The Stacks project

7.33 Constructing points

In this section we give criteria for when a functor from a site to the category of sets defines a point of that site.

Lemma 7.33.1. Let $\mathcal{C}$ be a site. Let $p = u : \mathcal{C} \to \textit{Sets}$ be a functor. If the category of neighbourhoods of $p$ is cofiltered, then the stalk functor ( is left exact.

Proof. Let $\mathcal{I} \to \mathop{\mathit{Sh}}\nolimits (\mathcal{C})$, $i \mapsto \mathcal{F}_ i$ be a finite diagram of sheaves. We have to show that the stalk of the limit of this system agrees with the limit of the stalks. Let $\mathcal{F}$ be the limit of the system as a presheaf. According to Lemma 7.10.1 this is a sheaf and it is the limit in the category of sheaves. Hence we have to show that $\mathcal{F}_ p = \mathop{\mathrm{lim}}\nolimits _\mathcal {I} \mathcal{F}_{i, p}$. Recall also that $\mathcal{F}$ has a simple description, see Section 7.4. Thus we have to show that

\[ \mathop{\mathrm{lim}}\nolimits _ i \mathop{\mathrm{colim}}\nolimits _{\{ (U, x)\} ^{opp}} \mathcal{F}_ i(U) = \mathop{\mathrm{colim}}\nolimits _{\{ (U, x)\} ^{opp}} \mathop{\mathrm{lim}}\nolimits _ i \mathcal{F}_ i(U). \]

This holds, by Categories, Lemma 4.19.2, because the opposite of the category of neighbourhoods is filtered by assumption. $\square$

Lemma 7.33.2. Let $\mathcal{C}$ be a site. Assume that $\mathcal{C}$ has a final object $X$ and fibred products. Let $p = u : \mathcal{C} \to \textit{Sets}$ be a functor such that

  1. $u(X)$ is a singleton set, and

  2. for every pair of morphisms $U \to W$ and $V \to W$ with the same target the map $u(U \times _ W V) \to u(U) \times _{u(W)} u(V)$ is bijective.

Then the the category of neighbourhoods of $p$ is cofiltered and consequently the stalk functor $\mathop{\mathit{Sh}}\nolimits (\mathcal{C}) \to \textit{Sets}$, $\mathcal{F} \to \mathcal{F}_ p$ commutes with finite limits.

Proof. Please note the analogy with Lemma 7.5.2. The assumptions on $\mathcal{C}$ imply that $\mathcal{C}$ has finite limits. See Categories, Lemma 4.18.4. Assumption (1) implies that the category of neighbourhoods is nonempty. Suppose $(U, x)$ and $(V, y)$ are neighbourhoods. Then $u(U \times V) = u(U \times _ X V) = u(U) \times _{u(X)} u(V) = u(U) \times u(V)$ by (2). Hence there exists a neighbourhood $(U \times _ X V, z)$ mapping to both $(U, x)$ and $(V, y)$. Let $a, b : (V, y) \to (U, x)$ be two morphisms in the category of neighbourhoods. Let $W$ be the equalizer of $a, b : V \to U$. As in the proof of Categories, Lemma 4.18.4 we may write $W$ in terms of fibre products:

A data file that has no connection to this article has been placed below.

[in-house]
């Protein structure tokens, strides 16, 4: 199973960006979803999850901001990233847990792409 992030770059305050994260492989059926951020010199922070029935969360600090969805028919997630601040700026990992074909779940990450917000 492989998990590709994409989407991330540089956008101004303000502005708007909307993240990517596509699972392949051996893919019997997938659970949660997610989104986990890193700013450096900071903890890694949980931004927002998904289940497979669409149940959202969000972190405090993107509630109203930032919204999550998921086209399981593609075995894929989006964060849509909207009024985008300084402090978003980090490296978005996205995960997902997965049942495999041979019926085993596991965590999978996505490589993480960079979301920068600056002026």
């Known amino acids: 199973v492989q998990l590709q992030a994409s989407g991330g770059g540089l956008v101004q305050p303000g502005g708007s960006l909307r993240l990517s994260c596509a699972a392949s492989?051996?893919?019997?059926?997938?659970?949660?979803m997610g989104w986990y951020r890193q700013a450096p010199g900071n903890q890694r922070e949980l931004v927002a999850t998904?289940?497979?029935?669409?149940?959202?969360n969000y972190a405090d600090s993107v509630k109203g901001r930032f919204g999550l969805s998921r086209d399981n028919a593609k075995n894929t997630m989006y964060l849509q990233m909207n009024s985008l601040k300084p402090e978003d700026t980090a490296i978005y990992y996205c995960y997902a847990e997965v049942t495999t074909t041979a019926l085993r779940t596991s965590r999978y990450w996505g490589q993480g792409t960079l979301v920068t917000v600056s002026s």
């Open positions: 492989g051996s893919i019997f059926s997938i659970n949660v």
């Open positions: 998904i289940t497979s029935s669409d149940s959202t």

\[ W = (V \times _{a, U, b} V) \times _{(pr_1, pr_2), V \times V, \Delta } V \]

The bijectivity in (2) guarantees there exists an element $z \in u(W)$ which maps to $((y, y), y)$. Then $(W, z) \to (V, y)$ equalizes $a, b$ as desired. The “consequently” clause is Lemma 7.33.1. $\square$

Proposition 7.33.3. Let $\mathcal{C}$ be a site. Assume that finite limits exist in $\mathcal{C}$. (I.e., $\mathcal{C}$ has fibre products, and a final object.) A point $p$ of such a site $\mathcal{C}$ is given by a functor $u : \mathcal{C} \to \textit{Sets}$ such that

  1. $u$ commutes with finite limits, and

  2. if $\{ U_ i \to U\} $ is a covering, then $\coprod _ i u(U_ i) \to u(U)$ is surjective.

Proof. Suppose first that $p$ is a point (Definition 7.32.2) given by a functor $u$. Condition (2) is satisfied directly from the definition of a point. By Lemma 7.32.3 we have $(h_ U)_ p = u(U)$. By Lemma 7.32.5 we have $(h_ U^\# )_ p = (h_ U)_ p$. Thus we see that $u$ is equal to the composition of functors

\[ \mathcal{C} \xrightarrow {h} \textit{PSh}(\mathcal{C}) \xrightarrow {{}^\# } \mathop{\mathit{Sh}}\nolimits (\mathcal{C}) \xrightarrow {()_ p} \textit{Sets} \]

Each of these functors is left exact, and hence we see $u$ satisfies (1).

Conversely, suppose that $u$ satisfies (1) and (2). In this case we immediately see that $u$ satisfies the first two conditions of Definition 7.32.2. And its stalk functor is exact, because it is a left adjoint by Lemma 7.32.5 and it commutes with finite limits by Lemma 7.33.2. $\square$

Remark 7.33.4. In fact, let $\mathcal{C}$ be a site. Assume $\mathcal{C}$ has a final object $X$ and fibre products. Let $p = u: \mathcal{C} \to \textit{Sets}$ be a functor such that

  1. $u(X) = \{ *\} $ a singleton, and

  2. for every pair of morphisms $U \to W$ and $V \to W$ with the same target the map $u(U \times _ W V) \to u(U) \times _{u(W)} u(V)$ is surjective.

  3. for every covering $\{ U_ i \to U\} $ the map $\coprod u(U_ i) \to u(U)$ is surjective.

Then, in general, $p$ is not a point of $\mathcal{C}$. An example is the category $\mathcal{C}$ with two objects $\{ U, X\} $ and exactly one non-identity arrow, namely $U \to X$. We endow $\mathcal{C}$ with the trivial topology, i.e., the only coverings are $\{ U \to U\} $ and $\{ X \to X\} $. A sheaf $\mathcal{F}$ is the same thing as a presheaf and consists of a triple $(A, B, A \to B)$: namely $A = \mathcal{F}(X)$, $B = \mathcal{F}(U)$ and $A \to B$ is the restriction mapping corresponding to $U \to X$. Note that $U \times _ X U = U$ so fibre products exist. Consider the functor $u = p$ with $u(X) = \{ *\} $ and $u(U) = \{ *_1, *_2\} $. This satisfies (1), (2), and (3), but the corresponding stalk functor ( is the functor